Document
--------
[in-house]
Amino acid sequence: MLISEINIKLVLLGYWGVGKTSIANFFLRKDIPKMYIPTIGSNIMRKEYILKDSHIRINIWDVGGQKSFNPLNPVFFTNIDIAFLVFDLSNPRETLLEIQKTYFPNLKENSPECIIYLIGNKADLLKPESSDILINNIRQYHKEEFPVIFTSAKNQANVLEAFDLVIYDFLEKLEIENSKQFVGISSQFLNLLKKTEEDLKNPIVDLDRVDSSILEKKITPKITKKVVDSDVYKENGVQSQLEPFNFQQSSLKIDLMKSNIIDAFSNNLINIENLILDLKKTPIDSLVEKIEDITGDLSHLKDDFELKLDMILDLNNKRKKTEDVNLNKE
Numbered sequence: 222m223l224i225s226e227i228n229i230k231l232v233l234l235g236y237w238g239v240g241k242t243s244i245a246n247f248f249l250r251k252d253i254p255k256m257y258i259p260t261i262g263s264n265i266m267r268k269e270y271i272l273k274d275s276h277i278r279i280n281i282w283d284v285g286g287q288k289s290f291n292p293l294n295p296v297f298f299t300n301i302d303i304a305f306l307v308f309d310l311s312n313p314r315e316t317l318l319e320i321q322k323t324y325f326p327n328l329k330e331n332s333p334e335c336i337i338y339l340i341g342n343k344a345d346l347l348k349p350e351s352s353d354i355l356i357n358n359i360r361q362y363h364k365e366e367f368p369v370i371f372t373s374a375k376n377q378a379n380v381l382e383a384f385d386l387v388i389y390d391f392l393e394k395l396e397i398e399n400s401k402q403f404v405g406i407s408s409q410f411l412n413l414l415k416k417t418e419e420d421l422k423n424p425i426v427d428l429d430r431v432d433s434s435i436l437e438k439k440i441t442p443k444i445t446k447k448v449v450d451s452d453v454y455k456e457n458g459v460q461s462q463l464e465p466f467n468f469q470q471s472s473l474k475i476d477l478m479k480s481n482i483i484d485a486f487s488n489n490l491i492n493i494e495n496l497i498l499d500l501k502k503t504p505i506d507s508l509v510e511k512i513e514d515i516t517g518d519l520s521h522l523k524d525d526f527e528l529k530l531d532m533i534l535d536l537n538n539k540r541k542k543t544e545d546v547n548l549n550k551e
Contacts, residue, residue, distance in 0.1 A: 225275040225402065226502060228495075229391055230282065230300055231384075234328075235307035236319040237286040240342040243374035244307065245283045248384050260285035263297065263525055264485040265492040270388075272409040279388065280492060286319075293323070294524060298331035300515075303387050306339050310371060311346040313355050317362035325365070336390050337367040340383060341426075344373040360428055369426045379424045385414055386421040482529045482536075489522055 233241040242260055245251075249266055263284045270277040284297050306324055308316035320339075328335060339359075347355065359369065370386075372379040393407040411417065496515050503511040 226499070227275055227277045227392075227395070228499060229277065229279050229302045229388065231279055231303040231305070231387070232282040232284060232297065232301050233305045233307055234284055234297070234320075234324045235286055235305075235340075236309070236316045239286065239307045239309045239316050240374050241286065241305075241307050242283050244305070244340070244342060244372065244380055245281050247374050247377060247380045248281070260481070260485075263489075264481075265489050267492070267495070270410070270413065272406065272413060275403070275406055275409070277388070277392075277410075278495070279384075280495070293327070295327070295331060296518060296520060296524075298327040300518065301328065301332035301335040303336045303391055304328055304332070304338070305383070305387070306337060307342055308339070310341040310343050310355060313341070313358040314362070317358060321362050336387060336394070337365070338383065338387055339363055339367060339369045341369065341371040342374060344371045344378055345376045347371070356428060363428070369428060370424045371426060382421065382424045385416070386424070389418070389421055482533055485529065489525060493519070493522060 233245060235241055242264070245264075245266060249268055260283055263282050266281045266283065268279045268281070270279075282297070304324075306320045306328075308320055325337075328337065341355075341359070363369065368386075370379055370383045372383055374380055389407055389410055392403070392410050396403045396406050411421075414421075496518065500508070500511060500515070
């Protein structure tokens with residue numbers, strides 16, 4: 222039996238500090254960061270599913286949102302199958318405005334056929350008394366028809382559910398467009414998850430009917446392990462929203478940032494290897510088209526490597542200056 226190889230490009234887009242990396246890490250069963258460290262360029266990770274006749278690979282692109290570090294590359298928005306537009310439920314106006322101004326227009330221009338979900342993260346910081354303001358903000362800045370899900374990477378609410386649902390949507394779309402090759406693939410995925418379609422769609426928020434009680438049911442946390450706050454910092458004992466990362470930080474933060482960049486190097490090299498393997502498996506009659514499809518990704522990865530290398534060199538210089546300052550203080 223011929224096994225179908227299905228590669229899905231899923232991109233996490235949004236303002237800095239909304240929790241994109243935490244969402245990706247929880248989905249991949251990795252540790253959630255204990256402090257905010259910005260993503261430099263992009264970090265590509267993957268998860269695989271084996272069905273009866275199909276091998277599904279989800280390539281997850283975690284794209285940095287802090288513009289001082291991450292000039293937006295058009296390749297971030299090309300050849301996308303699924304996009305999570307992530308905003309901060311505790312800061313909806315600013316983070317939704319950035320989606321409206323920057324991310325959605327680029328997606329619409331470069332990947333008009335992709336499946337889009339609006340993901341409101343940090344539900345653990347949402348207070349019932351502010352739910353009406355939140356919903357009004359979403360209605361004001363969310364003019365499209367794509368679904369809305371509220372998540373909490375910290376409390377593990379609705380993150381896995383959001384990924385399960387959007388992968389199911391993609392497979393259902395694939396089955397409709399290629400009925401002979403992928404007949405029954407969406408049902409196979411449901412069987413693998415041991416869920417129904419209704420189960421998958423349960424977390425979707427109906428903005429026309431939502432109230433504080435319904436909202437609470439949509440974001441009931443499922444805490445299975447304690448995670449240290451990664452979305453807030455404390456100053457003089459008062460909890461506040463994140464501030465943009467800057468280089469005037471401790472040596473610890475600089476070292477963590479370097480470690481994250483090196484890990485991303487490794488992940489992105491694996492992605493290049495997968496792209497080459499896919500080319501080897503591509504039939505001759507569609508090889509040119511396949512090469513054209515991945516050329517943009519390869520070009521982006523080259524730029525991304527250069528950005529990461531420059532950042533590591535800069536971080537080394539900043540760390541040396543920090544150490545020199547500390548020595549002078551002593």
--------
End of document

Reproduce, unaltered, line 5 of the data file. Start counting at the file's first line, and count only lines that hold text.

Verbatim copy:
């Protein structure tokens with residue numbers, strides 16, 4: 222039996238500090254960061270599913286949102302199958318405005334056929350008394366028809382559910398467009414998850430009917446392990462929203478940032494290897510088209526490597542200056 226190889230490009234887009242990396246890490250069963258460290262360029266990770274006749278690979282692109290570090294590359298928005306537009310439920314106006322101004326227009330221009338979900342993260346910081354303001358903000362800045370899900374990477378609410386649902390949507394779309402090759406693939410995925418379609422769609426928020434009680438049911442946390450706050454910092458004992466990362470930080474933060482960049486190097490090299498393997502498996506009659514499809518990704522990865530290398534060199538210089546300052550203080 223011929224096994225179908227299905228590669229899905231899923232991109233996490235949004236303002237800095239909304240929790241994109243935490244969402245990706247929880248989905249991949251990795252540790253959630255204990256402090257905010259910005260993503261430099263992009264970090265590509267993957268998860269695989271084996272069905273009866275199909276091998277599904279989800280390539281997850283975690284794209285940095287802090288513009289001082291991450292000039293937006295058009296390749297971030299090309300050849301996308303699924304996009305999570307992530308905003309901060311505790312800061313909806315600013316983070317939704319950035320989606321409206323920057324991310325959605327680029328997606329619409331470069332990947333008009335992709336499946337889009339609006340993901341409101343940090344539900345653990347949402348207070349019932351502010352739910353009406355939140356919903357009004359979403360209605361004001363969310364003019365499209367794509368679904369809305371509220372998540373909490375910290376409390377593990379609705380993150381896995383959001384990924385399960387959007388992968389199911391993609392497979393259902395694939396089955397409709399290629400009925401002979403992928404007949405029954407969406408049902409196979411449901412069987413693998415041991416869920417129904419209704420189960421998958423349960424977390425979707427109906428903005429026309431939502432109230433504080435319904436909202437609470439949509440974001441009931443499922444805490445299975447304690448995670449240290451990664452979305453807030455404390456100053457003089459008062460909890461506040463994140464501030465943009467800057468280089469005037471401790472040596473610890475600089476070292477963590479370097480470690481994250483090196484890990485991303487490794488992940489992105491694996492992605493290049495997968496792209497080459499896919500080319501080897503591509504039939505001759507569609508090889509040119511396949512090469513054209515991945516050329517943009519390869520070009521982006523080259524730029525991304527250069528950005529990461531420059532950042533590591535800069536971080537080394539900043540760390541040396543920090544150490545020199547500390548020595549002078551002593």